Research suggests that social network sites can support social capital exchanges, which are often triggered by requests for assistance, such as seeking recommendations or asking for favors. Responsiveness to these requests for help is important to study because these interactions have the potential to affect users’ overall satisfaction with the experience of using SNSs, signal social grooming functions that are an essential part of relationship maintenance, and affect social capital processes.
In this paper, we study a corpus of public status updates posted to Facebook (N=7,466) in order to identify the pattern of responses to status updates that attempt to mobilize resources from the poster’s Facebook network.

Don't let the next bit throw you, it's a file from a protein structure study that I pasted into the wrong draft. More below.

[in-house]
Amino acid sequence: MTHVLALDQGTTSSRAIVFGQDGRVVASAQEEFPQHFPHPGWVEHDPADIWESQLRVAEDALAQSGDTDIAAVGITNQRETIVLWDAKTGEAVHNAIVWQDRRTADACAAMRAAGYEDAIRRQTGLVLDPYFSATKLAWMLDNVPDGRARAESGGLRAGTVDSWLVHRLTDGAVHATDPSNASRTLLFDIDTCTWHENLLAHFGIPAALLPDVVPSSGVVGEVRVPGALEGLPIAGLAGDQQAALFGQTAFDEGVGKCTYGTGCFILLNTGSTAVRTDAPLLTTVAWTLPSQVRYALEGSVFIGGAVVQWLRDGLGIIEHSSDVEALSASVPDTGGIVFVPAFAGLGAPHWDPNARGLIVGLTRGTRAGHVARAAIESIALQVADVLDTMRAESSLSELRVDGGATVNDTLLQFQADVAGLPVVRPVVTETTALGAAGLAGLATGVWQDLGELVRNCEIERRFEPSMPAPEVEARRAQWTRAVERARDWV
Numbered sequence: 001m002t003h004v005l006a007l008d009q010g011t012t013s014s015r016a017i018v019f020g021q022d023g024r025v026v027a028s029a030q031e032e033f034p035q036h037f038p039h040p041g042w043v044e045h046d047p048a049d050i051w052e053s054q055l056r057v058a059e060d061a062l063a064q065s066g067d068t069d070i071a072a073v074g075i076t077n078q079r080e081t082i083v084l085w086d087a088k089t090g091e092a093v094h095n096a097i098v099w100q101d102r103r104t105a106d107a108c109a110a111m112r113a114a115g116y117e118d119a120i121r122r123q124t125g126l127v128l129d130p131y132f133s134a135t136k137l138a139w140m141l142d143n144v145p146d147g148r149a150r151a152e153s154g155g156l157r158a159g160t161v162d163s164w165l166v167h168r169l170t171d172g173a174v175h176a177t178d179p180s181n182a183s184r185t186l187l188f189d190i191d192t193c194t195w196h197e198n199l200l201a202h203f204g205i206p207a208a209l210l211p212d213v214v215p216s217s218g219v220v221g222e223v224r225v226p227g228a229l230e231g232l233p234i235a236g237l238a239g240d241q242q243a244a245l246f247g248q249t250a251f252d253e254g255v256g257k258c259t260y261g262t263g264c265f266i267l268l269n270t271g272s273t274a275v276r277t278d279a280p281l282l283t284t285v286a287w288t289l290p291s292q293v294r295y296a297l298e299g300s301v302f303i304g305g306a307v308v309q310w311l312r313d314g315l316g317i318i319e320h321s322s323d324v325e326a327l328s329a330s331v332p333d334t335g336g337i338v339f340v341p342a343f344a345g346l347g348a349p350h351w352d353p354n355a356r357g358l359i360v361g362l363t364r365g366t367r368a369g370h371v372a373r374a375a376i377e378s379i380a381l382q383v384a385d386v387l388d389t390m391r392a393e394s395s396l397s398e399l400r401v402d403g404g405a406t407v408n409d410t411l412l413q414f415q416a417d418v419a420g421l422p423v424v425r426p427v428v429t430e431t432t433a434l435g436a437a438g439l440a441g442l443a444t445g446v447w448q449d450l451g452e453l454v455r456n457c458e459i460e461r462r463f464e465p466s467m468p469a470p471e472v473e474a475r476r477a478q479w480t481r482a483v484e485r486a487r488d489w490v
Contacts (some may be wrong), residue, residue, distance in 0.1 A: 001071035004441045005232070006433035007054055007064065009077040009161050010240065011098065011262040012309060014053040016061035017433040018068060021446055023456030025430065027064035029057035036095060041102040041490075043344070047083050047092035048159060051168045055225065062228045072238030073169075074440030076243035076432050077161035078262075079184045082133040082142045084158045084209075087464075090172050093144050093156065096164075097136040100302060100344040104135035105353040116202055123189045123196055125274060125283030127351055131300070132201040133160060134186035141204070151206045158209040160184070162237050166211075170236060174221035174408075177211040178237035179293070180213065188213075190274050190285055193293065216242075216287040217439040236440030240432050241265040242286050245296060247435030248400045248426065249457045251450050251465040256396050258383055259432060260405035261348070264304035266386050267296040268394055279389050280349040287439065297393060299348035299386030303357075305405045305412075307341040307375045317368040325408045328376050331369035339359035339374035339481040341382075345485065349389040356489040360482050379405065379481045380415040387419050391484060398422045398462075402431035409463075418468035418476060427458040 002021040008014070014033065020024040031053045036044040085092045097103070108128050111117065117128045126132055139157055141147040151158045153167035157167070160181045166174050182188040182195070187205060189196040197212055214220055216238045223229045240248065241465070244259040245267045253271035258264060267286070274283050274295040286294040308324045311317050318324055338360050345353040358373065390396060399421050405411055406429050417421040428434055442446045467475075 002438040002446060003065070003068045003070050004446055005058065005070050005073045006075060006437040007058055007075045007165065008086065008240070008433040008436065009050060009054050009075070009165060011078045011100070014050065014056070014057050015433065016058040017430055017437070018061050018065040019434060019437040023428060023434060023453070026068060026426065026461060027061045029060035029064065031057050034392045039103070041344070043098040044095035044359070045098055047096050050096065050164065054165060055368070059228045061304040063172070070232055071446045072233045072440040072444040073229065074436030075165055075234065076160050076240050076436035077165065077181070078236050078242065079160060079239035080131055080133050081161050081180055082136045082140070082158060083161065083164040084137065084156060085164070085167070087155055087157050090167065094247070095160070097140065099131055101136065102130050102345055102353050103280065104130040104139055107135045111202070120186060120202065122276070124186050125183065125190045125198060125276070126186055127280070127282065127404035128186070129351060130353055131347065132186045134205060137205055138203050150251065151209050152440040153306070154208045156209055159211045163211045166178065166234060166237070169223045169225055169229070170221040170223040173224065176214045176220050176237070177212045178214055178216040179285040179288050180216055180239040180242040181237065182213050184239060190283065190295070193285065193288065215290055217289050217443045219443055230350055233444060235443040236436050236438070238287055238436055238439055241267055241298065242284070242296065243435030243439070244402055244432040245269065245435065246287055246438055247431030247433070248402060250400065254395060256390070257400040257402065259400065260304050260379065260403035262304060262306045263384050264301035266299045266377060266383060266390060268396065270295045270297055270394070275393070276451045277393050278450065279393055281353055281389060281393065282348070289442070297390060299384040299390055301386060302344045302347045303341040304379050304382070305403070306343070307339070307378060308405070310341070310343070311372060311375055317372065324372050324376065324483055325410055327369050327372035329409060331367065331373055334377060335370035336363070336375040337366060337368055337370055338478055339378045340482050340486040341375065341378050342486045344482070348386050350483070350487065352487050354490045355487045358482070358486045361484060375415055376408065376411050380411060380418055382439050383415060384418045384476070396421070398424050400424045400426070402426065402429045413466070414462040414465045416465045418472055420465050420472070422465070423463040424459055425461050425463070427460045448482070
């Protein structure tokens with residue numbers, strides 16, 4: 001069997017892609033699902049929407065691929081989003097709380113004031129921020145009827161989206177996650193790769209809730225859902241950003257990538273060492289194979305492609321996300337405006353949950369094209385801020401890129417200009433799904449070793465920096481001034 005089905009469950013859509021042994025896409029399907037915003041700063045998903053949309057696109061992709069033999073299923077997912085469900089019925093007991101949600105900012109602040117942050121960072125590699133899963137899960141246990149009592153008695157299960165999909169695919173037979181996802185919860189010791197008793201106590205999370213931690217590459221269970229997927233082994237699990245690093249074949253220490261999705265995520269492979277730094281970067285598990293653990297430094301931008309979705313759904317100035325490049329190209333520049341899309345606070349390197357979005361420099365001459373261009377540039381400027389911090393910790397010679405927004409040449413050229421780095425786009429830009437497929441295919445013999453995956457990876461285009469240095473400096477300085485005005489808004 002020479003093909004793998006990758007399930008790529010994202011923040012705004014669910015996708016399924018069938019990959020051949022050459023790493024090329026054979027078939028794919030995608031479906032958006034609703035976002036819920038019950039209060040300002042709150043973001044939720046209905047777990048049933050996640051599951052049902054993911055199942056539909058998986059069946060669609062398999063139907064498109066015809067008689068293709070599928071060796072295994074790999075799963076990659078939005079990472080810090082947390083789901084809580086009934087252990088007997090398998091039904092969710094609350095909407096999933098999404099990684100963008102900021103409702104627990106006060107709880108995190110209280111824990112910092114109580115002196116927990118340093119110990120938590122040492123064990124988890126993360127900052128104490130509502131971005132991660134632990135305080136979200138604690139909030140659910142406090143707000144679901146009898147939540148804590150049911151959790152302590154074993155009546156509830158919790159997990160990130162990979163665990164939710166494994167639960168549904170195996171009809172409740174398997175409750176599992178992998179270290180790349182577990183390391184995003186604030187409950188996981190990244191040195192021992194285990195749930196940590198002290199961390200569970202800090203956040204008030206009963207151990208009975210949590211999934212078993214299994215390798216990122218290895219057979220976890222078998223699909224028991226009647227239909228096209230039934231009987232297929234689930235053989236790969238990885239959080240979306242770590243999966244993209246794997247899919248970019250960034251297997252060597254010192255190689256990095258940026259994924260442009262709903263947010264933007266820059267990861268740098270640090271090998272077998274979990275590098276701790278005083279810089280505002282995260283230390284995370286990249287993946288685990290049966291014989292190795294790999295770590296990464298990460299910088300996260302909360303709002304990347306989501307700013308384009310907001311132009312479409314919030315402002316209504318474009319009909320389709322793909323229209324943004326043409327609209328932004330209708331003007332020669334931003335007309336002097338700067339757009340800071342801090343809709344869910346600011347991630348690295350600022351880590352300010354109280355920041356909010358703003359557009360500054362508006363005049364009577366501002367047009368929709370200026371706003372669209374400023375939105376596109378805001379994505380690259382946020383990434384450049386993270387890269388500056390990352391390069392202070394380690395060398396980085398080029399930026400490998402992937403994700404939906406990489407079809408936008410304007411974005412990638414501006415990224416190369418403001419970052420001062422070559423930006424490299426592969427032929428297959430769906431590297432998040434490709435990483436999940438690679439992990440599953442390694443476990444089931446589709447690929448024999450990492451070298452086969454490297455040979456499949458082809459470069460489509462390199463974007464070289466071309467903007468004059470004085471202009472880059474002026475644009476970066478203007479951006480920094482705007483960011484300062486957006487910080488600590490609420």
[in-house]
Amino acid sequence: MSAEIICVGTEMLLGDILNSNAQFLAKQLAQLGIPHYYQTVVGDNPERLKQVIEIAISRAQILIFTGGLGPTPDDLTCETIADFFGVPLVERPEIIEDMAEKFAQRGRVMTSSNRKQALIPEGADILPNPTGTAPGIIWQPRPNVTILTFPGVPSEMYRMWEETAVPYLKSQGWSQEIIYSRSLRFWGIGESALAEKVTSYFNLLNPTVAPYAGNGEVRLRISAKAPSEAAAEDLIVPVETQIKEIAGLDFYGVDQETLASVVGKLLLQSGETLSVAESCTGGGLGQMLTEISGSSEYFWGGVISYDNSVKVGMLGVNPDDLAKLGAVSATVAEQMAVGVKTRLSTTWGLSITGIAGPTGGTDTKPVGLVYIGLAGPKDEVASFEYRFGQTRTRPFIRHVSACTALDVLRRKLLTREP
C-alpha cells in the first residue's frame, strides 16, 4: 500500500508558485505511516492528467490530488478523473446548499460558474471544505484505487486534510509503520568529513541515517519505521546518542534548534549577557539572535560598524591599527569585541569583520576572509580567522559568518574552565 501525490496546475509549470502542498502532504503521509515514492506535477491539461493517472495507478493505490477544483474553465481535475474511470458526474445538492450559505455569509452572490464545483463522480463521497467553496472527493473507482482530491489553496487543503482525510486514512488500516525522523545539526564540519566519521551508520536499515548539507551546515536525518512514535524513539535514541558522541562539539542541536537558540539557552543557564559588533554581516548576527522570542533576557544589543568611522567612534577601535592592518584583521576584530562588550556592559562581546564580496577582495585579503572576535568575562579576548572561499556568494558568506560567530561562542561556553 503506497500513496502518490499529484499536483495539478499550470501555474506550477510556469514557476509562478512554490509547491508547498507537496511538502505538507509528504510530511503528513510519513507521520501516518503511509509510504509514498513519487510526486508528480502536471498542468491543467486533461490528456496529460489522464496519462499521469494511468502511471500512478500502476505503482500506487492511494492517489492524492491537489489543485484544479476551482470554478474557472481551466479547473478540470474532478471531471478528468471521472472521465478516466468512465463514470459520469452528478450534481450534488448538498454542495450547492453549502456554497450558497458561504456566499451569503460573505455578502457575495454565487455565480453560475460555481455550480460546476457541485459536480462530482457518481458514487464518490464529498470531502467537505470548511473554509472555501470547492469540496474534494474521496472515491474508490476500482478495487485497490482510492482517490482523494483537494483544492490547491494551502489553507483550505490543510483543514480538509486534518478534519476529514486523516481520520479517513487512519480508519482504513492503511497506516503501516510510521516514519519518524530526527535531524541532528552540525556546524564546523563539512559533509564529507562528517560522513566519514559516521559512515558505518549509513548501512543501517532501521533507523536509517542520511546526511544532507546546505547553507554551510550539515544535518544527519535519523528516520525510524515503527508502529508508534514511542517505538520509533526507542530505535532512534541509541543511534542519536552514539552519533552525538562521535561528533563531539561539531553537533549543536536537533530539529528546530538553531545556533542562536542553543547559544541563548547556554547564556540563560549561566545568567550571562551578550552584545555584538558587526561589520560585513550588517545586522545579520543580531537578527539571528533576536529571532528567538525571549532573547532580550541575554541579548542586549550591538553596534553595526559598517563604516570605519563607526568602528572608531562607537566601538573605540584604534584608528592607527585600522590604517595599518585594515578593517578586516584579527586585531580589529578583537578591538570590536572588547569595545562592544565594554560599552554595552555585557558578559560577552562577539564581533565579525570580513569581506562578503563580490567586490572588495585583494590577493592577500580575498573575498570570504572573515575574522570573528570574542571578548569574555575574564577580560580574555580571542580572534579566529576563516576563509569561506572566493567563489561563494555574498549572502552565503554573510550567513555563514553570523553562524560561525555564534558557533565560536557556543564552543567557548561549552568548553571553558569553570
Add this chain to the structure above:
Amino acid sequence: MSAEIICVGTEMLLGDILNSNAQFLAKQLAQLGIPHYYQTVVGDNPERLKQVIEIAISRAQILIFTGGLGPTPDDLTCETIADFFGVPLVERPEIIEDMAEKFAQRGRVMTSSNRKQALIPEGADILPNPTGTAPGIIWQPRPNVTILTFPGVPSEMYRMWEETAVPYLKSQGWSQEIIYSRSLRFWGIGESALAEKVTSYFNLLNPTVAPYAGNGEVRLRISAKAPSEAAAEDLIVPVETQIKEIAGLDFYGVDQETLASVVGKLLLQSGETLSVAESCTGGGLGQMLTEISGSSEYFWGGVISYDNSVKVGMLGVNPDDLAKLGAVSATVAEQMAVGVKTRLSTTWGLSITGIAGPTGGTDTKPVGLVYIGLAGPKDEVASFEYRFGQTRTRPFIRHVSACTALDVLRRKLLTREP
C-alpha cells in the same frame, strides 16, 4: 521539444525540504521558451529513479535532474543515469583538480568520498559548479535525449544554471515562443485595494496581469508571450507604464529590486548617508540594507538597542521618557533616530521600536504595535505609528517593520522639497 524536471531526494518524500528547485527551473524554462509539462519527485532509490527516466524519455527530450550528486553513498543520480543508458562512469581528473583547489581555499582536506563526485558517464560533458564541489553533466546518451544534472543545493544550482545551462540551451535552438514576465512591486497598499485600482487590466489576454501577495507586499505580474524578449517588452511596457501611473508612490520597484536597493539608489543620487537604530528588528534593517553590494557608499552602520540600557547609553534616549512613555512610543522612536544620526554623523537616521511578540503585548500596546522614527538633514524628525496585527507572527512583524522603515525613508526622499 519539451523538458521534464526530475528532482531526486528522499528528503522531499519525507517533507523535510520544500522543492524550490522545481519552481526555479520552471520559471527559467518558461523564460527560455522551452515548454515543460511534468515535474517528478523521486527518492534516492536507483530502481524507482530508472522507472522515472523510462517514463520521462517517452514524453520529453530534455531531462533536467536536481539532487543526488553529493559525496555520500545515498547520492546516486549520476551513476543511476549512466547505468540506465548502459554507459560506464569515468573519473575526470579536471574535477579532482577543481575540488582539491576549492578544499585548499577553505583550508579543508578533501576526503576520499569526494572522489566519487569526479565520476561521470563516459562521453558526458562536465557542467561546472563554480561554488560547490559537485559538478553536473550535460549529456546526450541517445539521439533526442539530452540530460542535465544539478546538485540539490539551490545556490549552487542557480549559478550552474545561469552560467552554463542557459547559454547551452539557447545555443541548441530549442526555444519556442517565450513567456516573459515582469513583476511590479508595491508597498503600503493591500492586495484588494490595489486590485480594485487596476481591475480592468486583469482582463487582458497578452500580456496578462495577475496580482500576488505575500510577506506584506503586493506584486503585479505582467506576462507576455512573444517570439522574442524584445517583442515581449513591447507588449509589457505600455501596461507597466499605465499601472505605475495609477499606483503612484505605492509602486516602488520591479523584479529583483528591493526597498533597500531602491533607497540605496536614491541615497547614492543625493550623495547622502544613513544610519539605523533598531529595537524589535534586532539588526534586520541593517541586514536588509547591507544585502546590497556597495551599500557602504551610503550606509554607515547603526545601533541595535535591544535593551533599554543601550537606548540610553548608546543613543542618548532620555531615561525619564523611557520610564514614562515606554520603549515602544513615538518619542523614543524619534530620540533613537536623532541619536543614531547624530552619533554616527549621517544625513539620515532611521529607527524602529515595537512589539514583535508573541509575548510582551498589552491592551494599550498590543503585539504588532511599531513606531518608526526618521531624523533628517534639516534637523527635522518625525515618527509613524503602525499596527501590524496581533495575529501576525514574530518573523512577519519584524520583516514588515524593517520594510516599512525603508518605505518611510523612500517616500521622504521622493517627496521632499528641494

Findings suggest that mobilization requests are treated differently than other kinds of posts; posts that attempt to mobilize help receive more comments than non-mobilization attempts. Additionally, responses occur more quickly and are shaped by the type of support requested (e.g., a recommendation vs. a favor). These findings help us better understand the role of help-seeking behaviors in the social capital conversion process as it unfolds via social media.